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ABSTRACT: The reverse shoulder replacement, recommended for the treatment of several shoulder pathologies such as cuff tear arthropathy and fractures in elderly people, changes the biomechanics of the shoulder when compared to the normal anatomy. Although several musculoskeletal models of the upper limb have been presented to study the shoulder joint, only few of them focus on the biomechanics of the reverse shoulder. This work presents a biomechanical model of the upper limb, including a reverse shoulder prosthesis, to evaluate the impact of the variation of the joint geometry and position on the biomechanical function of the shoulder. The biomechanical model of the reverse shoulder is based on a musculoskeletal model of the upper limb, which is modified to account for the properties of the DELTA¯ reverse prosthesis. Considering two biomechanical models, which simulate the anatomical and reverse shoulder joints, changes in muscle lengths, muscle moment arms, and muscle and joint reaction forces are evaluated. The muscle force sharing problem is solved for motions of unloaded abduction in the coronal plane and unloaded anterior flexion in the sagittal plane, acquired using video-imaging, through the minimization of an objective function related to muscle metabolic energy consumption. After the replacement of the shoulder joint, significant changes in the length of the pectoralis major, latissimus dorsi, deltoid, teres major, teres minor, coracobrachialis, and biceps brachii muscles are observed for a reference position considered for the upper limb. The shortening of the teres major and teres minor is the most critical since they become unable to produce active force in this position. Substantial changes of muscle moment arms are also observed, being consistent with the literature. As expected, there is a significant increase of the deltoid moment arms, and more fibers are able to elevate the arm. The solutions to the muscle force sharing problem support the biomechanical advantages pointed to the reverse shoulder design and show an increase in activity from the deltoid, teres minor and coracobrachialis muscles. The glenohumeral joint reaction forces estimated for the reverse shoulder are up to 15% lower than those in the normal shoulder anatomy. The data presented here complements previous publications, which altogether allow researchers to build a biomechanical model of the upper limb including a reverse shoulder prosthesis.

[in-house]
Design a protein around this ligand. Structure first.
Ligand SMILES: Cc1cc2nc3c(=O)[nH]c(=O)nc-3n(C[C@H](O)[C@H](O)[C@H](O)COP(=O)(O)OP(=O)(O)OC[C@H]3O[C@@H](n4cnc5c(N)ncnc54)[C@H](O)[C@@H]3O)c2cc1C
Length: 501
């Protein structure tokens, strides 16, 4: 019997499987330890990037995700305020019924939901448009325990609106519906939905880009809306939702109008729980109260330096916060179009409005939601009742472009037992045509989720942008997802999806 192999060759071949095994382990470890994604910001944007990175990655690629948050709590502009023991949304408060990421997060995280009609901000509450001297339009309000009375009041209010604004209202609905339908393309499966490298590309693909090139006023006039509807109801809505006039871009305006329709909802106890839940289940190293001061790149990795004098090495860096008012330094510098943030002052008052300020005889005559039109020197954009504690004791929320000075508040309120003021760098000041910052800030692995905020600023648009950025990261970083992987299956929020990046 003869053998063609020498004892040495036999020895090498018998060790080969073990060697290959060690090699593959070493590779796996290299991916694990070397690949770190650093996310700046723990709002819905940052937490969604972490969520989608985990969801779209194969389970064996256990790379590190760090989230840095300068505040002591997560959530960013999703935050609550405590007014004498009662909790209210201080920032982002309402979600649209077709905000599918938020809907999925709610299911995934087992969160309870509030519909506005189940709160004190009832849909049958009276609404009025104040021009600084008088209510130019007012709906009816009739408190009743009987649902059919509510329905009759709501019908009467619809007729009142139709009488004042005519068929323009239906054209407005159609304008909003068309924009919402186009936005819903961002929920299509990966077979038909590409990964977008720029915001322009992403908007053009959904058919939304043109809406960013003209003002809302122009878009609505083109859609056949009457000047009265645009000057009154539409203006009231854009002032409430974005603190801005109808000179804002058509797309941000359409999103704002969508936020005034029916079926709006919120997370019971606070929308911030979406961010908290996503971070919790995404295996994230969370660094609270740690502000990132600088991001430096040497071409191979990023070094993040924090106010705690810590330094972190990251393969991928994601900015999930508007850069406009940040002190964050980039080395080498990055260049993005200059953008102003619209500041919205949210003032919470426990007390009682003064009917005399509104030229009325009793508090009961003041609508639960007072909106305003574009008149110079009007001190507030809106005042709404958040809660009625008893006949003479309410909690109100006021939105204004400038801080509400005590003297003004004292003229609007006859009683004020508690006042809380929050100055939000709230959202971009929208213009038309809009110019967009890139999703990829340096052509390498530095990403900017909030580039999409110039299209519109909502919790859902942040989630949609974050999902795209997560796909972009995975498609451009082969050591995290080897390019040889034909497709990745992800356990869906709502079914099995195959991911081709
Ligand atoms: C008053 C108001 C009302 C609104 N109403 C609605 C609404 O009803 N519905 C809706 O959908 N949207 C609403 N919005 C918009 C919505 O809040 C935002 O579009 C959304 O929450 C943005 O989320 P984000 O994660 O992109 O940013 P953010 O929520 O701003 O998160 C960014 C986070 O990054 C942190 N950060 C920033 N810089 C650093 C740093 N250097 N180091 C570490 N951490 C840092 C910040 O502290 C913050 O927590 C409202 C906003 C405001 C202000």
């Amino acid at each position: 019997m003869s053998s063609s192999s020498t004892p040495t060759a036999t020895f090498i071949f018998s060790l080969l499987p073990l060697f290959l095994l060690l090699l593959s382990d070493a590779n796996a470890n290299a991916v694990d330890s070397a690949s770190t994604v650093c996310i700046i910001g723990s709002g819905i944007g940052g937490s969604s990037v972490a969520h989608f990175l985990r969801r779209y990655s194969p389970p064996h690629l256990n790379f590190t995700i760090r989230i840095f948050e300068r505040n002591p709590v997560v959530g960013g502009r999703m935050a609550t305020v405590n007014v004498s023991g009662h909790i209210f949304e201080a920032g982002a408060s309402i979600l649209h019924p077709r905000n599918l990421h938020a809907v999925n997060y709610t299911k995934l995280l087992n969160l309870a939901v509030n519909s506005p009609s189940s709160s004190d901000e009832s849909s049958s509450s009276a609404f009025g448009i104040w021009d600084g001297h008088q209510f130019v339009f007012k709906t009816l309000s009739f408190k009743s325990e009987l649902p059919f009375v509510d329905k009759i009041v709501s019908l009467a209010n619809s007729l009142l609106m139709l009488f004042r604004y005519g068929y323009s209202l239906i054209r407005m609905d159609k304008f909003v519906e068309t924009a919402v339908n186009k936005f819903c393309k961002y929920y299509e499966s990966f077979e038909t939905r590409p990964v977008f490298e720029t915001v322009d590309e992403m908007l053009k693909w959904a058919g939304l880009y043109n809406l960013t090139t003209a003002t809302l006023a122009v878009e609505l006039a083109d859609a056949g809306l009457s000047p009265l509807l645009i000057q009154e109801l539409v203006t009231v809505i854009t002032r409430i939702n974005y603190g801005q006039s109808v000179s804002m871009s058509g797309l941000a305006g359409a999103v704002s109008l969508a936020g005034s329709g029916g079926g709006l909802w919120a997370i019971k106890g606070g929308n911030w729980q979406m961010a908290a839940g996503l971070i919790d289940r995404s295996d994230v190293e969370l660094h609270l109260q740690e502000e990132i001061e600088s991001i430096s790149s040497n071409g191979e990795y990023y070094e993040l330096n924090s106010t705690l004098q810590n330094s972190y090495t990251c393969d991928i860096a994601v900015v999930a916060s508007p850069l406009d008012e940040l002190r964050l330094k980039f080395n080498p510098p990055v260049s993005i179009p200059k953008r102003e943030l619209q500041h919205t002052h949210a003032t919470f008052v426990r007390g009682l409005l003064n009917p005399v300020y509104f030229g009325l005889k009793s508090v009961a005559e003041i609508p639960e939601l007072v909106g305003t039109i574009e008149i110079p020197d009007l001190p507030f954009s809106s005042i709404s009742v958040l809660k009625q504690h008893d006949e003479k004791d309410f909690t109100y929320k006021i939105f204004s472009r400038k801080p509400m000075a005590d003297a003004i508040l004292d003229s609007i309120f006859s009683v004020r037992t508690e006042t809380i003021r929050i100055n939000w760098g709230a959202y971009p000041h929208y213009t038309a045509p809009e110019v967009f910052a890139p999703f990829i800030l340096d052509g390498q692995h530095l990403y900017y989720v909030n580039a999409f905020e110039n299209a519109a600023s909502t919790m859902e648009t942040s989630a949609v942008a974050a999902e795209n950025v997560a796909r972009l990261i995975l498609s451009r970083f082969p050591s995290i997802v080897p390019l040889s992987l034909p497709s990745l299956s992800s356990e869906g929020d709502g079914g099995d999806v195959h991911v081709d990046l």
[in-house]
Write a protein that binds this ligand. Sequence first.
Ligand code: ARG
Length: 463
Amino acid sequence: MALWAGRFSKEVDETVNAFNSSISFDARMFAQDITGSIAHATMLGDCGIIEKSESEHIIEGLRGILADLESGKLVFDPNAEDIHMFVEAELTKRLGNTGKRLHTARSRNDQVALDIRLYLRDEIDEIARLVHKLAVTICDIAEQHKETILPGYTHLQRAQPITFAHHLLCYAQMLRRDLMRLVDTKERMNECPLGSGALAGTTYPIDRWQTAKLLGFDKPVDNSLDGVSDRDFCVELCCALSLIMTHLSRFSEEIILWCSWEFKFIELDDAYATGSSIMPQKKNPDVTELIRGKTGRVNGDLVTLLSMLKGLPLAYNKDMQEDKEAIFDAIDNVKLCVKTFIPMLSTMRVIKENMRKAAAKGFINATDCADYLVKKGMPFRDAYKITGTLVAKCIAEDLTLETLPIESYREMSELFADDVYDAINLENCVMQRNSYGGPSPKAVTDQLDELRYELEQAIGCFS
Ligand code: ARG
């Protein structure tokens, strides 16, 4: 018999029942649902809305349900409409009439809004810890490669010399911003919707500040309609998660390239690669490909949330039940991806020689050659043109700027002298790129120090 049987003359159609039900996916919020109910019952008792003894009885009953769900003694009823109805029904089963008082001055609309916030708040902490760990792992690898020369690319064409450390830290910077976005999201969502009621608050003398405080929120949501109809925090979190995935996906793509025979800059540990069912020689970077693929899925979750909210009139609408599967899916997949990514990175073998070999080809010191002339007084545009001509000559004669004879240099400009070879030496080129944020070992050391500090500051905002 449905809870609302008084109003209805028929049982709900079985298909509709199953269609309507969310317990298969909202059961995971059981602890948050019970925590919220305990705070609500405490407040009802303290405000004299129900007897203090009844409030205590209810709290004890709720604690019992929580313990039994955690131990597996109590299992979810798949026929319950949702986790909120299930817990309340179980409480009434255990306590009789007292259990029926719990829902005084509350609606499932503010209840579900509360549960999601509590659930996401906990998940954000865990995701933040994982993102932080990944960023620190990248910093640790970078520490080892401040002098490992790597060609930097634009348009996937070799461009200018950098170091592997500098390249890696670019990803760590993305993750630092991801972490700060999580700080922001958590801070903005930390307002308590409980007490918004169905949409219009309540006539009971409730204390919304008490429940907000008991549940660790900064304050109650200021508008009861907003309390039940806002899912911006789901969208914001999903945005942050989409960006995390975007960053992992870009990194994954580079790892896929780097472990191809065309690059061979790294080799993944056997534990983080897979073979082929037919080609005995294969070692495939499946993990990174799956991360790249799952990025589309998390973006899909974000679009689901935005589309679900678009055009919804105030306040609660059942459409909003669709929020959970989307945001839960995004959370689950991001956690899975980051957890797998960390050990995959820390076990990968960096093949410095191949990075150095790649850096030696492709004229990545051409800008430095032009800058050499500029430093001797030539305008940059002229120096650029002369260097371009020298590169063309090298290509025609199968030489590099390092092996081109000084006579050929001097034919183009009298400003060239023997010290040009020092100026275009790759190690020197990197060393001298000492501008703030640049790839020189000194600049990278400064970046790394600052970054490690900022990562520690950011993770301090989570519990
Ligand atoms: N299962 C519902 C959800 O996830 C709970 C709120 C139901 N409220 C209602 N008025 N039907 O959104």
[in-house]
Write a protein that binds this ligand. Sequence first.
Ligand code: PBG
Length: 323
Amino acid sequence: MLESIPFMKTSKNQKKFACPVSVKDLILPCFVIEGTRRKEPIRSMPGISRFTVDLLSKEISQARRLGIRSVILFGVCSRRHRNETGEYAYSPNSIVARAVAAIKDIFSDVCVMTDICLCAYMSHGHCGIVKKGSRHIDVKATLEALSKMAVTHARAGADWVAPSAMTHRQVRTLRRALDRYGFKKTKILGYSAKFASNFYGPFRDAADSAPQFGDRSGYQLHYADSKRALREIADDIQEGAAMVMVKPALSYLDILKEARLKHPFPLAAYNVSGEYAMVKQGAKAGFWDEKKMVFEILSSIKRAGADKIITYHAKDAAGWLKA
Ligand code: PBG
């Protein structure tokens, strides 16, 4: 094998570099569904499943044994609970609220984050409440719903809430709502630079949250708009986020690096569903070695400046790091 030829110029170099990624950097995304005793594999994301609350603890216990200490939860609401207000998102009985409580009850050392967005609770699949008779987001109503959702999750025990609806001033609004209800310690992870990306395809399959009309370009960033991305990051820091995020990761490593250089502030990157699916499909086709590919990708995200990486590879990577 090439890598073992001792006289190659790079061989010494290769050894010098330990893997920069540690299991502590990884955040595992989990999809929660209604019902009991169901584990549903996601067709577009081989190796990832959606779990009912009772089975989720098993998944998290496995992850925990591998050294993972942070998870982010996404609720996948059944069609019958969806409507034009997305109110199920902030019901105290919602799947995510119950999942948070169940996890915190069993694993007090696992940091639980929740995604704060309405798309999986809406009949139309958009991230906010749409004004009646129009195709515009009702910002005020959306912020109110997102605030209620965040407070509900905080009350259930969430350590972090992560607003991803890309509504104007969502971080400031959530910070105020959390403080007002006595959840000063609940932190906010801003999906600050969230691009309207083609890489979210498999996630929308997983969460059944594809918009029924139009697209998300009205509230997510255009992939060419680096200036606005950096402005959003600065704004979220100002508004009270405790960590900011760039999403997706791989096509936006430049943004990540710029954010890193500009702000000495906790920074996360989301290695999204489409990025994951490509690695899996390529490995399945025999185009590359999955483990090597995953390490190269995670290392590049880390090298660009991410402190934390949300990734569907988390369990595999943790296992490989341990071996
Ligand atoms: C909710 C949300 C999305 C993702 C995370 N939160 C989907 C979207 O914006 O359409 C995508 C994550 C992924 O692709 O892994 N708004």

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ABSTRACT: Background: Controversy surrounds the role of the sub- scapularis (SSC) in reverse shoulder arthroplasty (rTSA) and the need for repair, if possible, at the conclusion of the procedure. QUESTIONS AND PURPOSE: Some investigators have concluded that an intact SSC is critical for stability; others have found no such correlation. What factors should be part of the decision-making matrix on SSC management for surgeons considering rTSA? Findings: The data on management of the SSC in rTSA support a design-based approach. Researchers have shown that the SSC is critical to stability when the surgeon uses an implant with a medialized humeral component and medialized glenoid component. However, lateralized designs allow for more stability from horizontal deltoid compression and may not require repair of the SSC. In addition, SSC repair has been shown to increase the workload of the residual posterior rotator cuff and the deltoid in rTSA, both of which may have negative consequences on overall function. Lateralization from the glenoid component increases deltoid work, whereas lateralization from the humeral component maintains deltoid efficiency while improving stability. Conclusions: The need for SSC repair in rTSA can vary based on the implant selected. Humeral and glenoid offset influence the stability and kinematics of rTSA.